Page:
Battle of Sheriffmuir
John Erskine, 6th Earl of Mar, standard-bearer for the Jacobite cause in Scotland, mustered Highland chiefs and, on September 6, declared James Francis Edward Stuart King of Scotland. With an army of about 12,000 men Mar proceeded to take Perth, and commanded much of the northern Highlands. Following unsuccessful skirmishes against John Campbell, 2nd Duke of Argyll (fortified at Stirling), Mar was eventually persuaded to lead his full army south, doing so on 10 November. Spies informed Argyll of Mar's actions, and he moved his army of about 4,000 to Sheriffmuir, near Dunblane. The two armies met on 13 November.
Argyll was vastly outnumbered by the Jacobite army (which was somewhat diminished from its previous numbers), and his left wing, commanded by General Whetham, was far shorter than the Jacobites' opposing right. Argyll's right wing attacked, and managed to drive the Highlanders back, but Whetham's soldiers were overpowered by a much larger force. Argyll came to the aid of Whetham's men. By evening, both armies were seriously reduced, and although Mar had a great advantage in numbers, he refused to risk the entirety of his army, allowing Argyll to withdraw.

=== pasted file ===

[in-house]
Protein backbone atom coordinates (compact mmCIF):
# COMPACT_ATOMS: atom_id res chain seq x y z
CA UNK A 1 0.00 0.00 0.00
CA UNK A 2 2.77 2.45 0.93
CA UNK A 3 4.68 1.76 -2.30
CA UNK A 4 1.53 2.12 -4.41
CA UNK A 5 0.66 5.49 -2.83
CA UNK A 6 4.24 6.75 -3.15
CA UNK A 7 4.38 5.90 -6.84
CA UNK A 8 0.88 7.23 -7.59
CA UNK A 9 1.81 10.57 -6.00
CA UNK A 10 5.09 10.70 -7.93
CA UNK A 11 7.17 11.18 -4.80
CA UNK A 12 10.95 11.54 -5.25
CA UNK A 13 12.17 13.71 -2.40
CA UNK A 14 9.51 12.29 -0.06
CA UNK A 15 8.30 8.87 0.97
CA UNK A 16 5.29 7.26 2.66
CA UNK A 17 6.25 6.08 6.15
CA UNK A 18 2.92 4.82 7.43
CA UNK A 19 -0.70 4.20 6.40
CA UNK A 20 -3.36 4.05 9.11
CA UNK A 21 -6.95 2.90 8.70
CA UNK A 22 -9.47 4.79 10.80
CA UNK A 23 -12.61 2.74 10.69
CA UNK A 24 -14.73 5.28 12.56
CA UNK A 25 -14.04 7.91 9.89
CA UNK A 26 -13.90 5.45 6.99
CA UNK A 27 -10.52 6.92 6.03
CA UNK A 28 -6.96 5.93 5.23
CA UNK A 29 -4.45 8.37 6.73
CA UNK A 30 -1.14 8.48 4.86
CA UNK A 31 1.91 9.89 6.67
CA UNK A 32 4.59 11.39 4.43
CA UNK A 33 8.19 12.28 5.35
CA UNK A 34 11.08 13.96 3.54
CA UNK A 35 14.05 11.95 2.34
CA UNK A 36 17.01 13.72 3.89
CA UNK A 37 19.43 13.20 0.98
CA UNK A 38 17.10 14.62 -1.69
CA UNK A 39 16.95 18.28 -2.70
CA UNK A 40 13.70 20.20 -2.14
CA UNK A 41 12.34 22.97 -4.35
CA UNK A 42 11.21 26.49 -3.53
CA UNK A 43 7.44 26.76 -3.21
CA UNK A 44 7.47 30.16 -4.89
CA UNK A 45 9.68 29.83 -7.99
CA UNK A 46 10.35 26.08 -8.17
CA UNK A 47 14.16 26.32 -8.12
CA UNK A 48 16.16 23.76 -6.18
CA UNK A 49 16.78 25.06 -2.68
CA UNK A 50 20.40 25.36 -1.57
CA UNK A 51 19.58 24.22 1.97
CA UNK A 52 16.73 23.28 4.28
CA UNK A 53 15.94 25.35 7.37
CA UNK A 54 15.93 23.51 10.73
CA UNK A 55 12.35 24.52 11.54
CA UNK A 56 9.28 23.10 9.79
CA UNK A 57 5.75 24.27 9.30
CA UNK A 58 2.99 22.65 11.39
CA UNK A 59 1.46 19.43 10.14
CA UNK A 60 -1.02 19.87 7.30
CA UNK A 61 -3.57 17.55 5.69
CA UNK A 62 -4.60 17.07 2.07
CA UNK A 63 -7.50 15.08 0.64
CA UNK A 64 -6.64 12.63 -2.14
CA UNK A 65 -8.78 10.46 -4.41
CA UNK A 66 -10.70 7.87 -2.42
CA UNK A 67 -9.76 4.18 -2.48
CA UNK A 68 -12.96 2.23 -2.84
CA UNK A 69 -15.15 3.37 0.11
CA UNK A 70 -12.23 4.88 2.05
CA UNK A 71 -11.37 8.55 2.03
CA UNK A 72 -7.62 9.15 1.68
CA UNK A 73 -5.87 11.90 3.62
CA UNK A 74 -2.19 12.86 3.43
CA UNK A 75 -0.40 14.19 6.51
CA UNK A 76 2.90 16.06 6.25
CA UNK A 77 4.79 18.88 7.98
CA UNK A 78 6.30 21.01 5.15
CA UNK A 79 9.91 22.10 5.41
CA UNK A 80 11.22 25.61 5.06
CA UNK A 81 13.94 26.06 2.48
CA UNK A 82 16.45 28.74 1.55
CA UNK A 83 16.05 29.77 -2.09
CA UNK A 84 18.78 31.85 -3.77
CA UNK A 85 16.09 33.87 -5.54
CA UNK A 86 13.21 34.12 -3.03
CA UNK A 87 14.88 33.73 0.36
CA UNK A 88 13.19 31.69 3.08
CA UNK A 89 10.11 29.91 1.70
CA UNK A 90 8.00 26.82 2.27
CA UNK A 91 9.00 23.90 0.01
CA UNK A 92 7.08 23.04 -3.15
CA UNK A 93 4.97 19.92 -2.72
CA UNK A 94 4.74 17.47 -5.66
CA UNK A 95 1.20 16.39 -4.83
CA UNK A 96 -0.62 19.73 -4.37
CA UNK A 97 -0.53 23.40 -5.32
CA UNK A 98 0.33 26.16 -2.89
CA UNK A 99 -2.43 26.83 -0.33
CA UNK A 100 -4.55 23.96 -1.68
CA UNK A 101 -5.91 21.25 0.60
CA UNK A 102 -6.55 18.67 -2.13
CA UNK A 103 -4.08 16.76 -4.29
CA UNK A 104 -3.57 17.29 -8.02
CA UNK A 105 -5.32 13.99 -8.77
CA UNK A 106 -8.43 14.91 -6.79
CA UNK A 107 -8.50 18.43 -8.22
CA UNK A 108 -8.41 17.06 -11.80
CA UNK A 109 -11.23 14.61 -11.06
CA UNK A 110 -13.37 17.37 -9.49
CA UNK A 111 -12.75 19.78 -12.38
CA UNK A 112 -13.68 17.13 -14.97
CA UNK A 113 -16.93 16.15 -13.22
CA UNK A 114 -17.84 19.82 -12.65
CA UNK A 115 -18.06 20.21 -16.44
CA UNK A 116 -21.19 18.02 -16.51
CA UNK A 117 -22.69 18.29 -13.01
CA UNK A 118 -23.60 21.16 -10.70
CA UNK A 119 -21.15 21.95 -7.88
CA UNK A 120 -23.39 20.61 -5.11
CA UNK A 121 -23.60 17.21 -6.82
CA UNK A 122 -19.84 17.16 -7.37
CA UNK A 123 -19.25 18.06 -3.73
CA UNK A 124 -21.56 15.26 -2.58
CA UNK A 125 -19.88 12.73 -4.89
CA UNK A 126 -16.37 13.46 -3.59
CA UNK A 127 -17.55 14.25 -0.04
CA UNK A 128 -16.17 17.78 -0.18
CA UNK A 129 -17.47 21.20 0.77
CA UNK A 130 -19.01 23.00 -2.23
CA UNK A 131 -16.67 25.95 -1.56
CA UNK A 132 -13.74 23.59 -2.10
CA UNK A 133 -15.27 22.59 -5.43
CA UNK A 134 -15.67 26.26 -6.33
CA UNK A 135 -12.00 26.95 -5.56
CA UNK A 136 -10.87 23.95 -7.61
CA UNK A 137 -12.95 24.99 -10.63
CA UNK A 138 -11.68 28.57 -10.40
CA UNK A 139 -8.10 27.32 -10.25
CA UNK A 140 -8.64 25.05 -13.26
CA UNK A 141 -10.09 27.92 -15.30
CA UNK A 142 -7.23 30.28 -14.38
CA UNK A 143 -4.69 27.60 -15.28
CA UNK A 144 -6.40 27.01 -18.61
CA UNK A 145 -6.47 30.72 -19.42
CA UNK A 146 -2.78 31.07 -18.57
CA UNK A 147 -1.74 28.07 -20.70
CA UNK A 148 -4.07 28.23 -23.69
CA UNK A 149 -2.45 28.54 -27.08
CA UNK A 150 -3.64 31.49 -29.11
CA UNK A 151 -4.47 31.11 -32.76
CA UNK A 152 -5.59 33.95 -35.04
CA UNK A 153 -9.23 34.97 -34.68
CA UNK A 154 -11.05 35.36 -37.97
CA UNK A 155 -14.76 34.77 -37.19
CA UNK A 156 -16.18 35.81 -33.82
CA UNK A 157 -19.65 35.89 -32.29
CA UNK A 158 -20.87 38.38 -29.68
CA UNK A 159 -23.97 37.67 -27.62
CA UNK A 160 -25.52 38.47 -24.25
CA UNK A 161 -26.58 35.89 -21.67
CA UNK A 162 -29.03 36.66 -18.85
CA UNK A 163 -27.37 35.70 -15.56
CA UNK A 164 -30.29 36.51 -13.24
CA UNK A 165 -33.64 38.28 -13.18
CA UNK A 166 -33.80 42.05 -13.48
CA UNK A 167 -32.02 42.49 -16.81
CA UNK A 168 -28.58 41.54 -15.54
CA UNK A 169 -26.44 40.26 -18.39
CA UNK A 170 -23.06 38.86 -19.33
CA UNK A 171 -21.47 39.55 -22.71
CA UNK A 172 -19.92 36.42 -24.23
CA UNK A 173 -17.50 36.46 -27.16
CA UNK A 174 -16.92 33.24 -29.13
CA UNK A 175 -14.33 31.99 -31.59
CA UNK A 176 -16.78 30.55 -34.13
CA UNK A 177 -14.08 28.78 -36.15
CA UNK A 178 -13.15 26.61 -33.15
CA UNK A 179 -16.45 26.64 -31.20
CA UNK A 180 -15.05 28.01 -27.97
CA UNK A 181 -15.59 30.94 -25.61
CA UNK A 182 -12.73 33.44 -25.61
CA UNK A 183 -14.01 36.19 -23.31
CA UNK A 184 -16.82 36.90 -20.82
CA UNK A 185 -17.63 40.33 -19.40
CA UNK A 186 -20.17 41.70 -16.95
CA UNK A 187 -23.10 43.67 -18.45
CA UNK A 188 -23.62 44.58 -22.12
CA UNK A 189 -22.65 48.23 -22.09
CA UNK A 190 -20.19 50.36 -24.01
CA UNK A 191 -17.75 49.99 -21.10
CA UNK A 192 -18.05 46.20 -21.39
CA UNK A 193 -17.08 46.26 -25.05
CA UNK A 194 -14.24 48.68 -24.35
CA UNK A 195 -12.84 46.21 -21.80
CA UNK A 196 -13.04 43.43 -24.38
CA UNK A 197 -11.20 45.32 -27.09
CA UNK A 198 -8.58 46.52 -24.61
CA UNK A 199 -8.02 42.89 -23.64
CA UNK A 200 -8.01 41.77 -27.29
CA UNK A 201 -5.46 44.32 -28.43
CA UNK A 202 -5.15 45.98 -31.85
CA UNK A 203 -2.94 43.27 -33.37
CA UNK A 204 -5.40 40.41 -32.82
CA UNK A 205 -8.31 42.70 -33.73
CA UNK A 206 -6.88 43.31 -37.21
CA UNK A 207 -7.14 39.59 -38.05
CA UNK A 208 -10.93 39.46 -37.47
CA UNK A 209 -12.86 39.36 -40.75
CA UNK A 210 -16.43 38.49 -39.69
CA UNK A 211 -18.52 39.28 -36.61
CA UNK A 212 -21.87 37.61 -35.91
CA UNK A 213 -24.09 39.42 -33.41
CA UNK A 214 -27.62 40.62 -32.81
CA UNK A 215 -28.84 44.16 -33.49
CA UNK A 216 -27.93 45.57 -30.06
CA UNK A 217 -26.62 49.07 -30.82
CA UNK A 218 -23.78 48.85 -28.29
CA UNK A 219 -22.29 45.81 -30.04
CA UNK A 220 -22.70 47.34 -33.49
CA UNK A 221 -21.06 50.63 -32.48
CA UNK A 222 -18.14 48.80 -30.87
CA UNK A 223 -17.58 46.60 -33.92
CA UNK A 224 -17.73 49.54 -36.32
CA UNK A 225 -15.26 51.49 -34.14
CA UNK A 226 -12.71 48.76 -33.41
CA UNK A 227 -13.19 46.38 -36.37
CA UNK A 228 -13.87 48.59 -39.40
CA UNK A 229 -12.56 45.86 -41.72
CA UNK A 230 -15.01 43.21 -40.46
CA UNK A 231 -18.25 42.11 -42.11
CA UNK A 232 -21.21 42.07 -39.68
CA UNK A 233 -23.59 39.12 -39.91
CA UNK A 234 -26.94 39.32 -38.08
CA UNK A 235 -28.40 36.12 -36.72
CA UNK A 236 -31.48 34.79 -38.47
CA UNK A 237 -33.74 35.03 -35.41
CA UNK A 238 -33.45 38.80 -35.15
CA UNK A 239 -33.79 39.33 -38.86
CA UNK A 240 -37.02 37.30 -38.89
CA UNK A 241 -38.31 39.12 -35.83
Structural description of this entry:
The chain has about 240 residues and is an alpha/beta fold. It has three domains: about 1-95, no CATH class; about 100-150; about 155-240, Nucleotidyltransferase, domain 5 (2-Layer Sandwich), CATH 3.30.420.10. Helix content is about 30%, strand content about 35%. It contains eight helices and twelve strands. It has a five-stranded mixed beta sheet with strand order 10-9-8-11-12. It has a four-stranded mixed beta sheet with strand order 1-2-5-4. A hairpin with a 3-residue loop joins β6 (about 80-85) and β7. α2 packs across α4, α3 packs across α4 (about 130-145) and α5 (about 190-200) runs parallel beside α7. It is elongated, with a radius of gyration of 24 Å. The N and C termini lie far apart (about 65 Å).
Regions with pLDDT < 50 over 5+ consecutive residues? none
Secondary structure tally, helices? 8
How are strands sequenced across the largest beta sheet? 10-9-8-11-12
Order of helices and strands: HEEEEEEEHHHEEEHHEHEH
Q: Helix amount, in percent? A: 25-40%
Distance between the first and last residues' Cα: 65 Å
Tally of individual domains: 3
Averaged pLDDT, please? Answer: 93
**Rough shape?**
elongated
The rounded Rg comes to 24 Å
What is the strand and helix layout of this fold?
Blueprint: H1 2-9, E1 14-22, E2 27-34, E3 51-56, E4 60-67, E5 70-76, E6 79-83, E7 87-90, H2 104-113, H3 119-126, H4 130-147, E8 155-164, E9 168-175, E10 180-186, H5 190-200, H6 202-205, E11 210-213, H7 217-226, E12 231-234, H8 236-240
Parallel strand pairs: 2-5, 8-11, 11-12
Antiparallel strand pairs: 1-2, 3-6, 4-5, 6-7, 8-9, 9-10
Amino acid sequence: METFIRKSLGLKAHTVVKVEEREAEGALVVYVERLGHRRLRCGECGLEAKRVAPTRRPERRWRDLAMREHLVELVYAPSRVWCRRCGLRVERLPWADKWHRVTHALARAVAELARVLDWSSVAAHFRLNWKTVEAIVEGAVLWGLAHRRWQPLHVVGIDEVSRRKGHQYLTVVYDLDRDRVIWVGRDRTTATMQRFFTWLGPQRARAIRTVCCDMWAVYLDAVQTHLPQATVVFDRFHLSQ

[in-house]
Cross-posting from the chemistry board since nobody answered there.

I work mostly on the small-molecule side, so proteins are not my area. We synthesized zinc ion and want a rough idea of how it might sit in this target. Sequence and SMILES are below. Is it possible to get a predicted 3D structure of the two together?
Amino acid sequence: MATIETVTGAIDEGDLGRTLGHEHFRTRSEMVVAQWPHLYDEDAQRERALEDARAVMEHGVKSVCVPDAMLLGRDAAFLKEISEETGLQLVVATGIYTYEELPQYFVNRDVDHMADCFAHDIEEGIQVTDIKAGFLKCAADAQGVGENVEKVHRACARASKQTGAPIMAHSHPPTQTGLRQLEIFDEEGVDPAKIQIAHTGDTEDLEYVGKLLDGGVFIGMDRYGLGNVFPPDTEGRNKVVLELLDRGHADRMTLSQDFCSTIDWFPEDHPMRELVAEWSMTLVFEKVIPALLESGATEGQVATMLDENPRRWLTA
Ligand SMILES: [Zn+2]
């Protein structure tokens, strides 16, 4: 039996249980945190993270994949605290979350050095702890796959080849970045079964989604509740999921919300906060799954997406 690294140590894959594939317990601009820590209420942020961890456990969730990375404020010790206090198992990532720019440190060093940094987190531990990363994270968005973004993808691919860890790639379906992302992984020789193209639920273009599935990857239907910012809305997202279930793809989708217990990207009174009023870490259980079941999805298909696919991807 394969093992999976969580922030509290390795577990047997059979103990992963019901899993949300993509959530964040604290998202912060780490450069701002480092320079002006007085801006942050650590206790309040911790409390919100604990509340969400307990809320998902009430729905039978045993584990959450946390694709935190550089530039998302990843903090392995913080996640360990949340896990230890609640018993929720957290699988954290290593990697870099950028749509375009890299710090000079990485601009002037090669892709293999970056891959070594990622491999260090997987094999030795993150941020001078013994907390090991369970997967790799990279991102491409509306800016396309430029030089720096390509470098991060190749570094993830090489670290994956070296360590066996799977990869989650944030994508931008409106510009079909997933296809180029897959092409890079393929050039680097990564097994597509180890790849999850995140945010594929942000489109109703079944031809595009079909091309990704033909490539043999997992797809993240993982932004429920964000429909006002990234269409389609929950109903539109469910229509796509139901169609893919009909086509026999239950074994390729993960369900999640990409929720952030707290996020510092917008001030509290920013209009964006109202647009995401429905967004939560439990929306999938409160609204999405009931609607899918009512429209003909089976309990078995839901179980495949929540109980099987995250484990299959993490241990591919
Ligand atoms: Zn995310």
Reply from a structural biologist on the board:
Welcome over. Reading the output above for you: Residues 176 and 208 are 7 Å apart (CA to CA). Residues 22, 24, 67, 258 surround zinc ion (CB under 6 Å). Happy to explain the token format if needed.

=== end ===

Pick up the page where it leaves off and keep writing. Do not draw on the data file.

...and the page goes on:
The battle was inconclusive, and both sides claimed victory. The engagement only served to demoralise the Jacobite army who, with their vastly superior numbers, felt they should have decisively won. Mar's French and Spanish supporters in particular withdrew their forces, which dwindled in Scottish ranks as well.
On 23 December, the "Old Pretender" James Stuart, who had been exiled in France, landed at Peterhead, his cause largely lost. He met with Mar at Perth, but was unable to rouse the disheartened army. Argyll, reinforced and inviggorated, soon advanced north, while Stuart and the Jacobite army fled to Montrose, and the Pretender returned to France. The Army moved to Ruthven, and dispersed.
A popular Jacobite song, "Will Ye Go to Sheriffmuir", was written about the battle. As with many such songs, the battle is presented as a noble victory for the Jacobite army. The song was collected by, and perhaps written by, James Hogg in 1819.